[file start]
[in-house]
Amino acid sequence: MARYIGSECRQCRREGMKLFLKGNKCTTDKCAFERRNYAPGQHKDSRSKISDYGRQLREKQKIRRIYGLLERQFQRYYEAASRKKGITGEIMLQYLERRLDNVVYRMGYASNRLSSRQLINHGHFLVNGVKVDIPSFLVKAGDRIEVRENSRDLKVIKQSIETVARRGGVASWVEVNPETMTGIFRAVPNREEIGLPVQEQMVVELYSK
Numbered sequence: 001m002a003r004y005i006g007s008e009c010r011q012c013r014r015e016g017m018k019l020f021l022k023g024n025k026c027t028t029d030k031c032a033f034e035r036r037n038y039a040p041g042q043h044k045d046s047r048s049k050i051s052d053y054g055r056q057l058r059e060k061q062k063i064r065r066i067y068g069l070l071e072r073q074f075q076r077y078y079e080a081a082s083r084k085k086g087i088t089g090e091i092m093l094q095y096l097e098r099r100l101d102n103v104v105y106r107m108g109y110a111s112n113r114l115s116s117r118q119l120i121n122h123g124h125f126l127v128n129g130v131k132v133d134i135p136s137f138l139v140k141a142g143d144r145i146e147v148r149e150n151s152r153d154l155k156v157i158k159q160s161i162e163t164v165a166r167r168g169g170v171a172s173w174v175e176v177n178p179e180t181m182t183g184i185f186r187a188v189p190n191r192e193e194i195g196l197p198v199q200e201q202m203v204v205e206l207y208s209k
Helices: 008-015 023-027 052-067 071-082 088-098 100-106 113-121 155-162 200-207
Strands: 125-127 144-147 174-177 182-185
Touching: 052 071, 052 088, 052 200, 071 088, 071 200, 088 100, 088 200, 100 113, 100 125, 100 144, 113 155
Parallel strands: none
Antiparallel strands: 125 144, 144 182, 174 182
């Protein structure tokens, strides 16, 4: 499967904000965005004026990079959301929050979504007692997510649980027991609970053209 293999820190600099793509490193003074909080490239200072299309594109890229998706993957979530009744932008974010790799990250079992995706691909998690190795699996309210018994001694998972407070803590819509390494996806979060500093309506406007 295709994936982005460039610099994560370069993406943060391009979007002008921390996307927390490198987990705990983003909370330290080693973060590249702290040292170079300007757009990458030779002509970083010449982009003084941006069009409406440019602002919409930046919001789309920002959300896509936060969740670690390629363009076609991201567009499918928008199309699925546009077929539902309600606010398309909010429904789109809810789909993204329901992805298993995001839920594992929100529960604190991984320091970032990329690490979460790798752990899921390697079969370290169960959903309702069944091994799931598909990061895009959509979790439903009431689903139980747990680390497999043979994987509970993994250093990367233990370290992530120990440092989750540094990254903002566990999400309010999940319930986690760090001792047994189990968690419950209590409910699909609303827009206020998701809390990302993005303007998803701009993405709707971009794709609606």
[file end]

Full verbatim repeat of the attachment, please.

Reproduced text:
[in-house]
Amino acid sequence: MARYIGSECRQCRREGMKLFLKGNKCTTDKCAFERRNYAPGQHKDSRSKISDYGRQLREKQKIRRIYGLLERQFQRYYEAASRKKGITGEIMLQYLERRLDNVVYRMGYASNRLSSRQLINHGHFLVNGVKVDIPSFLVKAGDRIEVRENSRDLKVIKQSIETVARRGGVASWVEVNPETMTGIFRAVPNREEIGLPVQEQMVVELYSK
Numbered sequence: 001m002a003r004y005i006g007s008e009c010r011q012c013r014r015e016g017m018k019l020f021l022k023g024n025k026c027t028t029d030k031c032a033f034e035r036r037n038y039a040p041g042q043h044k045d046s047r048s049k050i051s052d053y054g055r056q057l058r059e060k061q062k063i064r065r066i067y068g069l070l071e072r073q074f075q076r077y078y079e080a081a082s083r084k085k086g087i088t089g090e091i092m093l094q095y096l097e098r099r100l101d102n103v104v105y106r107m108g109y110a111s112n113r114l115s116s117r118q119l120i121n122h123g124h125f126l127v128n129g130v131k132v133d134i135p136s137f138l139v140k141a142g143d144r145i146e147v148r149e150n151s152r153d154l155k156v157i158k159q160s161i162e163t164v165a166r167r168g169g170v171a172s173w174v175e176v177n178p179e180t181m182t183g184i185f186r187a188v189p190n191r192e193e194i195g196l197p198v199q200e201q202m203v204v205e206l207y208s209k
Helices: 008-015 023-027 052-067 071-082 088-098 100-106 113-121 155-162 200-207
Strands: 125-127 144-147 174-177 182-185
Touching: 052 071, 052 088, 052 200, 071 088, 071 200, 088 100, 088 200, 100 113, 100 125, 100 144, 113 155
Parallel strands: none
Antiparallel strands: 125 144, 144 182, 174 182
């Protein structure tokens, strides 16, 4: 499967904000965005004026990079959301929050979504007692997510649980027991609970053209 293999820190600099793509490193003074909080490239200072299309594109890229998706993957979530009744932008974010790799990250079992995706691909998690190795699996309210018994001694998972407070803590819509390494996806979060500093309506406007 295709994936982005460039610099994560370069993406943060391009979007002008921390996307927390490198987990705990983003909370330290080693973060590249702290040292170079300007757009990458030779002509970083010449982009003084941006069009409406440019602002919409930046919001789309920002959300896509936060969740670690390629363009076609991201567009499918928008199309699925546009077929539902309600606010398309909010429904789109809810789909993204329901992805298993995001839920594992929100529960604190991984320091970032990329690490979460790798752990899921390697079969370290169960959903309702069944091994799931598909990061895009959509979790439903009431689903139980747990680390497999043979994987509970993994250093990367233990370290992530120990440092989750540094990254903002566990999400309010999940319930986690760090001792047994189990968690419950209590409910699909609303827009206020998701809390990302993005303007998803701009993405709707971009794709609606």